Iranian Rhetoric Targets Trump, Threatens Domestic Terrorism on Anniversary of Soleimani Drone Strike

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An Iranian mourner holds a placard during the final stage of funeral processions for slain top general Qasem Soleimani, in his hometown Kerman on January 7, 2020. (Image: by ATTA KENARE / AFP via Getty Images)

Iran’s Chief Justice Ebrahim Raisi uttered threats that those responsible for General Qassem Soleimani’s assassination last year will “not be safe on Earth.” The statements were made during a memorial held at Tehran University on Jan. 1 to commemorate the one year anniversary of the Iranian General’s death at the hands of a U.S. drone strike ordered by President Trump. Rasi targeted the president, saying he was “not immune from justice.”

“They will witness severe revenge. What has come so far has only been glimpses,” said Raisi. “Do not presume that someone, as the president of America, who appeared as a murderer or ordered a murder, may be immune from justice being carried out. Never…Those who had a role in this assassination and crime will not be safe on Earth.”

“It’s even possible that there are people inside your home [the United States] that will respond to your crime.” — Esmail Qaani, Qassem Soleimani’s Successor

Soleimani was the head of the Islamic Revolutionary Guards Corps, Cuds Force, a U.S. designated Foreign Terrorist Organization, according to a statement issued by the Pentagon on Jan 2, 2020. 

“General Soleimani was actively developing plans to attack American diplomats and service members in Iraq and throughout the region. General Soleimani and his Quds Force were responsible for the deaths of hundreds of American and coalition service members and the wounding of thousands more,” said the statement, which noted: “This strike was aimed at deterring future Iranian attack plans.”

Soleimani was succeeded by Esmail Qaani 12 hours after the air strike took place. According to an Aljazeera report on Jan. 20, 2020, Qaani said: “They hit him in a cowardly way, but with God’s grace and through endeavours of freedom-seekers around the world who want vengeance over his blood, we will hit his enemy in a manly fashion.”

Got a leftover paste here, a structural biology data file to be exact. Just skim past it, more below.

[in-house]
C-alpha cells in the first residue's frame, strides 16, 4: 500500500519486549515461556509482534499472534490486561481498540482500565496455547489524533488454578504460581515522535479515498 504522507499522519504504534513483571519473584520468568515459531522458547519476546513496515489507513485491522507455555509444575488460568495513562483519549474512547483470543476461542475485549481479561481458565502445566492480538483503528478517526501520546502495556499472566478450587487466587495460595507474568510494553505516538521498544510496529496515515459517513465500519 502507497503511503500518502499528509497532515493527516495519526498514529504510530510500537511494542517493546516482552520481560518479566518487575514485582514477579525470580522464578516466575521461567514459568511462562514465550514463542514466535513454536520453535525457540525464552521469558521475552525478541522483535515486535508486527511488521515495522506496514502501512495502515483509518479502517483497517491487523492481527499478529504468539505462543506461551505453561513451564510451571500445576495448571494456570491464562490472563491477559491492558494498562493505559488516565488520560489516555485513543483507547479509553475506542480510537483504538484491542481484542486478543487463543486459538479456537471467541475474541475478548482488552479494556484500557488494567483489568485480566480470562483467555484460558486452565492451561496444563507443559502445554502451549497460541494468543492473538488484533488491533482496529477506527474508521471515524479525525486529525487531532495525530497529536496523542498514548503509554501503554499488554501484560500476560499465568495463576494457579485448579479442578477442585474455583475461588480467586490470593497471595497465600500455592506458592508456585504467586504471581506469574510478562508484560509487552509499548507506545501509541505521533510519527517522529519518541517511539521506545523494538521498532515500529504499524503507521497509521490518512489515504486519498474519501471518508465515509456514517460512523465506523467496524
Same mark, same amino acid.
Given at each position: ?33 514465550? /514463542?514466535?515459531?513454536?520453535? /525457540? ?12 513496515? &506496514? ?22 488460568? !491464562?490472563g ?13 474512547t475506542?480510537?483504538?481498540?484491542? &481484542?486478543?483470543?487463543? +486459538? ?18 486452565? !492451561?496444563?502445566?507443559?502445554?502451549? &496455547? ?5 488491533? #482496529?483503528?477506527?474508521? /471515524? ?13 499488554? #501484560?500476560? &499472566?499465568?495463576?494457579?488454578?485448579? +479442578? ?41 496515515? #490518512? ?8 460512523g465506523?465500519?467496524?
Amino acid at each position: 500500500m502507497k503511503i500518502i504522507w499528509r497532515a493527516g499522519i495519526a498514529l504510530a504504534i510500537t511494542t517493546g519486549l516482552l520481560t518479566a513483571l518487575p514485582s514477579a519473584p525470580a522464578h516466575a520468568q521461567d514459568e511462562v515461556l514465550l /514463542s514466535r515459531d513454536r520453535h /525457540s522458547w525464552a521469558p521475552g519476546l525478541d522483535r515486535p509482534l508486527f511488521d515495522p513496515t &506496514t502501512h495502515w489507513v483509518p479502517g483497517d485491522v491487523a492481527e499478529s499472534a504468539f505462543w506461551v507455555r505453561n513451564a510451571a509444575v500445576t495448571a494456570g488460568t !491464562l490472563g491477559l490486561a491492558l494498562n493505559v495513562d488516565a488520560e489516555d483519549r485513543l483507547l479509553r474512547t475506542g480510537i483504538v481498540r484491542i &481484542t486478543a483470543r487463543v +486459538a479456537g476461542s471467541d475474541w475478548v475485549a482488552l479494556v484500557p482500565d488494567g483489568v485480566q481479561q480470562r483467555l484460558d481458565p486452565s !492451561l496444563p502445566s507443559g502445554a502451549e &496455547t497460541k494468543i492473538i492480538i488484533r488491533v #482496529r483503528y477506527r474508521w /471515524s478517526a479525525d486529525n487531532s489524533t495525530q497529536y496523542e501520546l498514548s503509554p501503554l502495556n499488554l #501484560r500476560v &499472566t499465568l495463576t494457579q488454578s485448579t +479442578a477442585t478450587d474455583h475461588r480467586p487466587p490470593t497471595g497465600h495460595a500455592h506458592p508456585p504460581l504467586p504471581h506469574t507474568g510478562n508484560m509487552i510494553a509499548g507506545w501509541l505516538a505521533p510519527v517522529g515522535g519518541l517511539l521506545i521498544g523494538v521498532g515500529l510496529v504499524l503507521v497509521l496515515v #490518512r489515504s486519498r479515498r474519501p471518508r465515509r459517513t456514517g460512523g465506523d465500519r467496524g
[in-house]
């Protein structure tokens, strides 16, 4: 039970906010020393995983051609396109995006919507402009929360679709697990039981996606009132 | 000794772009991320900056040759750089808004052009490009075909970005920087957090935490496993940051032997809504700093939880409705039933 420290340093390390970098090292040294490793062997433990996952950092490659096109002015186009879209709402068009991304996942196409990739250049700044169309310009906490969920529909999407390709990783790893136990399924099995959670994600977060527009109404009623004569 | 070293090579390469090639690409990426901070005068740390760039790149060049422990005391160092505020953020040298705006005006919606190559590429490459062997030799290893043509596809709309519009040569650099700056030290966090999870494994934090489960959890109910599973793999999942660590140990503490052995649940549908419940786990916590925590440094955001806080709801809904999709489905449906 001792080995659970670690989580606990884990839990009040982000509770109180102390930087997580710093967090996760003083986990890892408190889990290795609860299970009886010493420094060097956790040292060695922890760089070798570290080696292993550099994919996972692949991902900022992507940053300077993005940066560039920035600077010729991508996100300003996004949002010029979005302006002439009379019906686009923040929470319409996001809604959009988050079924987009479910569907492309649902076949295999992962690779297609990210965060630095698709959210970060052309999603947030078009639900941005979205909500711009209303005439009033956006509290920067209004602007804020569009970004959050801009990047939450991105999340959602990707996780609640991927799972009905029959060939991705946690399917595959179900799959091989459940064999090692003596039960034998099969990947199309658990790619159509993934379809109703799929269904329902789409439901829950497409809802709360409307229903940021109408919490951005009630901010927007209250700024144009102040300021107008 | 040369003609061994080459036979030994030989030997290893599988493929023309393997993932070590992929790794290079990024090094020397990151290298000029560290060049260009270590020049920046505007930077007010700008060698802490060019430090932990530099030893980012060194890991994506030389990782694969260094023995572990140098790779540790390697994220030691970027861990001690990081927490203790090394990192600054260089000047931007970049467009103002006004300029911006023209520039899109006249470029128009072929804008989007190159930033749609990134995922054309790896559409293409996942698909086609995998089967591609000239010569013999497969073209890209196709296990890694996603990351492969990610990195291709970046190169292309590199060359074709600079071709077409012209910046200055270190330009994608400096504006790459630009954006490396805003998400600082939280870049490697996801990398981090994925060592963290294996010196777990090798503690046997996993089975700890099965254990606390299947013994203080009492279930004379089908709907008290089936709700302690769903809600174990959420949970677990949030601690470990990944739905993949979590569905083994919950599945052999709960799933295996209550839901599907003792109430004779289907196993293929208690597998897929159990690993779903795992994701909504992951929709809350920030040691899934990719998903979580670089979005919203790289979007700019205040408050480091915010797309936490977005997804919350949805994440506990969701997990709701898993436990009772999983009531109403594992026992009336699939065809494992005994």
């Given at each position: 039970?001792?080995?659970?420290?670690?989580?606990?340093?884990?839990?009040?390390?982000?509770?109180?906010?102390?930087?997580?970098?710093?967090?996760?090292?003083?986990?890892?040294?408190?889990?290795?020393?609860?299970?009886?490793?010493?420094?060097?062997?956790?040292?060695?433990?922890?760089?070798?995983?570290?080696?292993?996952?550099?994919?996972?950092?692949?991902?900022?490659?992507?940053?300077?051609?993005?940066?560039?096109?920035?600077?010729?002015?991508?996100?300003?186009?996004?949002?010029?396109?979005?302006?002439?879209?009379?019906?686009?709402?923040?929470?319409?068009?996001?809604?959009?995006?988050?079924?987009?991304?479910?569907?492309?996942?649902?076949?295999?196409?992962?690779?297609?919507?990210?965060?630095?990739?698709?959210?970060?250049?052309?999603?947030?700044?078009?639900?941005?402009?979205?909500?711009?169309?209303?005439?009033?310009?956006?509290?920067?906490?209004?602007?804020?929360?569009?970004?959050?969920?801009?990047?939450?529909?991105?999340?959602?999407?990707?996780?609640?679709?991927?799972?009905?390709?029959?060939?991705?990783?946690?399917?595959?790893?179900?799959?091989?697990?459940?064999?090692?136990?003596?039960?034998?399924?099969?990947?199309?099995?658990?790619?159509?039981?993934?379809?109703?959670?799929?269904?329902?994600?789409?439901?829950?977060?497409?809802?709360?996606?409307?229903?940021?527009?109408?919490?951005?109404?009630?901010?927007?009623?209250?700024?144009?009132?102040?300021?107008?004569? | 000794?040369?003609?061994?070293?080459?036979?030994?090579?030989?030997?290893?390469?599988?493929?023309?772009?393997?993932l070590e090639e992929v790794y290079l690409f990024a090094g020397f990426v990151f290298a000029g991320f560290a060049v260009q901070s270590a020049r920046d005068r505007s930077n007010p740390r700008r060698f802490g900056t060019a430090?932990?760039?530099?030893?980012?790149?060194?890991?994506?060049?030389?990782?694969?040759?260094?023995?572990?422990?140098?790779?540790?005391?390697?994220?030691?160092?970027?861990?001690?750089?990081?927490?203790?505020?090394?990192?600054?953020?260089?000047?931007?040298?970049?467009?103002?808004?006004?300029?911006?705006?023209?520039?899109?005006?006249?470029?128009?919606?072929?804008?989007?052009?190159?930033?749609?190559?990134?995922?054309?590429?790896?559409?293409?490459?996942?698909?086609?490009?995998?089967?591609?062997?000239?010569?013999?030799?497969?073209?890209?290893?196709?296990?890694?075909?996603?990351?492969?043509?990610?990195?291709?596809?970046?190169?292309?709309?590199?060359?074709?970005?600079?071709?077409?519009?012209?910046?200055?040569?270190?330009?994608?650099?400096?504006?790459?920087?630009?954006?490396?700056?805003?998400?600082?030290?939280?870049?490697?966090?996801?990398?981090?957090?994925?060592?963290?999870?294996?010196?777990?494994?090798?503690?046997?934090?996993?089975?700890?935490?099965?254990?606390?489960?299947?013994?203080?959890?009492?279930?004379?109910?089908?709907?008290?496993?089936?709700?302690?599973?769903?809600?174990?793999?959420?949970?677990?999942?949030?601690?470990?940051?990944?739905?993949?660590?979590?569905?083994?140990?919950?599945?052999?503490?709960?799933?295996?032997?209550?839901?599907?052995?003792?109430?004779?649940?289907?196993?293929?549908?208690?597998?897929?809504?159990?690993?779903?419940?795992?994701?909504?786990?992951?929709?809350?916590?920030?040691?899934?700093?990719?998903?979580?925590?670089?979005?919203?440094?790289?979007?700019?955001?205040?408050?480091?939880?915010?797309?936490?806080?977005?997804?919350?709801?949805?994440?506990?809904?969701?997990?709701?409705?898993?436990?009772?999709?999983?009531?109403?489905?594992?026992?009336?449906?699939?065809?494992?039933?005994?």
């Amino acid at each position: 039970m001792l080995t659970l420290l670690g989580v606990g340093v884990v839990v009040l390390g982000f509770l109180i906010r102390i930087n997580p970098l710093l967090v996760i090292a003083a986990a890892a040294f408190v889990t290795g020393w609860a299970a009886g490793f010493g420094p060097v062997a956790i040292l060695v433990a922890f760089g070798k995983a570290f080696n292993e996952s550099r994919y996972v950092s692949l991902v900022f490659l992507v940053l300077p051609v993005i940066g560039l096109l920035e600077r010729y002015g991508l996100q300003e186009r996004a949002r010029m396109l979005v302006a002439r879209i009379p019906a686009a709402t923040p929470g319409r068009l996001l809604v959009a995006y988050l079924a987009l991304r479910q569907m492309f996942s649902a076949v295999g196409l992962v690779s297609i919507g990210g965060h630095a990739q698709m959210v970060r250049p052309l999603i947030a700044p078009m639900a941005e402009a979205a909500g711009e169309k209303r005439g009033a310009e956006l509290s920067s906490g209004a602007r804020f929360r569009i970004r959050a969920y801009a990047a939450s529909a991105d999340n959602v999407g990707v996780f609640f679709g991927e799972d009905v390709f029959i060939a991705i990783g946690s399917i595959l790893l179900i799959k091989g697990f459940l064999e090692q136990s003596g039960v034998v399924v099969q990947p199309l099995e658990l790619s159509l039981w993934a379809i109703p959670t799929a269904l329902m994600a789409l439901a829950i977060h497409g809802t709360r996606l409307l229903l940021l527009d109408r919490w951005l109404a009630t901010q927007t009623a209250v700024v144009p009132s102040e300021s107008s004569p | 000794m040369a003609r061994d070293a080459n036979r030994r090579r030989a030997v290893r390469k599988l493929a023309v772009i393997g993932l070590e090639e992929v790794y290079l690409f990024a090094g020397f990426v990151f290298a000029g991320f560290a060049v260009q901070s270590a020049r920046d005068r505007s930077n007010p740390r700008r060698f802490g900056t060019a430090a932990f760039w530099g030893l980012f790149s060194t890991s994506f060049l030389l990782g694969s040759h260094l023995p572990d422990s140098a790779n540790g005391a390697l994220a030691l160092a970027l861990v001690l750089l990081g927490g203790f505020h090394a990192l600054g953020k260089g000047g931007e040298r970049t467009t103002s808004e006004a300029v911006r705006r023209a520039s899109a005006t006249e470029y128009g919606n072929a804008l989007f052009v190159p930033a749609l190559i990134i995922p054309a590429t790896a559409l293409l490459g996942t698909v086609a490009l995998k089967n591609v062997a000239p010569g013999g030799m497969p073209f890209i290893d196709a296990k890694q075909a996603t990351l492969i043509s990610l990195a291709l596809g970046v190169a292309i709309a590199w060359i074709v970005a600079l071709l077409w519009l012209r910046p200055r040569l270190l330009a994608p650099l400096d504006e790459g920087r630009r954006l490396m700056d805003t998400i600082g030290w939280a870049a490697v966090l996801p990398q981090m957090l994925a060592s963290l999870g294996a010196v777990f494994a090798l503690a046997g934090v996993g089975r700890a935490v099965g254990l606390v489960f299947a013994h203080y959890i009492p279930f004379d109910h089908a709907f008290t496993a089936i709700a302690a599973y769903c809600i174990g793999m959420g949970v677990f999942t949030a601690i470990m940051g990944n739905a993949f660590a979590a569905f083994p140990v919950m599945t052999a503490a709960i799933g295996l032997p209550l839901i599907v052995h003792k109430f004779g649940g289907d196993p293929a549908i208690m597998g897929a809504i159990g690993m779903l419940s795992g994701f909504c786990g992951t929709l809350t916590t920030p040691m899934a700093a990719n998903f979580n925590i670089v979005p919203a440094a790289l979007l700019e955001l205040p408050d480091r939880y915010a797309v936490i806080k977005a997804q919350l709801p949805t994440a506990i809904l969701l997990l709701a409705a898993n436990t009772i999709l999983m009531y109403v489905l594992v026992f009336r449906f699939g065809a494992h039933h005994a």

Iran’s fury against President Trump persisted throughout the year. In June, Iran attempted to issue a warrant for Trump’s arrest, which was rejected by Interpol. In August, the regime showcased two ballistic missiles, one named after Soleimani.  

On Dec. 23, President Trump gave Iran fair warning after missiles struck the U.S. Embassy in Baghdad: “Some friendly health advice to Iran: If one American is killed, I will hold Iran responsible. Think it over,” said Trump on his Twitter account.

Iran turned its rhetoric into something of a meme in a New Year’s Day Twitter post by the Iran Foreign Ministry, claiming: “By committing a craven act of terror against Gen Soleimani, the US violated int’l law & the UN Charter in a blatant violation of Iraqi sovereignty. The US’ lawlessness in full show.” Included was an inline graphic of Soleimani and a quote from United Nations Human Rights Council Special Rapporteur Agnes Callamard. 

In June, Callamard issued a report criticizing the Trump administration’s killing of the Iranian regime’s general. U.S. Secretary of State Mike Pompeo called the report “spurious.” He explained: “The strike that killed Gen. Soleimani was in response to an escalating series of armed attacks in preceding months by the Islamic Republic of Iran and militias it supports on U.S. forces and interests in the Middle East region.” 

Pompeo defended the assassination as a means “to deter Iran from launching or supporting further attacks against the United States or U.S. interests, and to degrade the capabilities of the Qods Force,” while saying Callamard’s report offers little besides “more cause to distrust UN human rights mechanisms.”

Esmail Qaani went so far as to allude to the possibility that Iran will commit domestic terrorism against the United States during the event: “It’s even possible that there are people inside your home [the United States] that will respond to your crime.”

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  • Neil lives in Canada and writes about society and politics.